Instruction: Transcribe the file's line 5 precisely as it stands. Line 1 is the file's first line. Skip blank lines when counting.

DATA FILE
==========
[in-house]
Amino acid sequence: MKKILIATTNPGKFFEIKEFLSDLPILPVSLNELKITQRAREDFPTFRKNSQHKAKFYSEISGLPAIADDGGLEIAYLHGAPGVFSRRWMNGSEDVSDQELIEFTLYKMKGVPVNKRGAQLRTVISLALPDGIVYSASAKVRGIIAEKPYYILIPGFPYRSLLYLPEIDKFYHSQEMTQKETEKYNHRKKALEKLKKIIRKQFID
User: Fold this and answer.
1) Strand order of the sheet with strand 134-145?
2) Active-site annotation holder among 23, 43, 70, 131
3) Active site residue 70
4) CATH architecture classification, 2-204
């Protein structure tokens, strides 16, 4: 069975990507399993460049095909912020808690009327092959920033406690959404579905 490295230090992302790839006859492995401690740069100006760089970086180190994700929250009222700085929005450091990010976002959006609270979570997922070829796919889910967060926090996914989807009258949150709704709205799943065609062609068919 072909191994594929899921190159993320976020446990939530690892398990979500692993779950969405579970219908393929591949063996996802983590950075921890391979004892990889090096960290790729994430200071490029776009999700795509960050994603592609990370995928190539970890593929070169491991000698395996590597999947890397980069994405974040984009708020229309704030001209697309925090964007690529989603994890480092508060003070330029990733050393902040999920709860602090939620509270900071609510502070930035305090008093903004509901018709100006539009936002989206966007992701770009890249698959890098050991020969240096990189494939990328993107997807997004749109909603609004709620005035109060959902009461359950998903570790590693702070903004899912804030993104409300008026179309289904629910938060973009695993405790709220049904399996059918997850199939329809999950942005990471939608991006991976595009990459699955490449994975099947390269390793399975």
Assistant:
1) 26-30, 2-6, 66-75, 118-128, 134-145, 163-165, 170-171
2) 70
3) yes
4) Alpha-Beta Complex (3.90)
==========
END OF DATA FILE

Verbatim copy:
2) Active-site annotation holder among 23, 43, 70, 131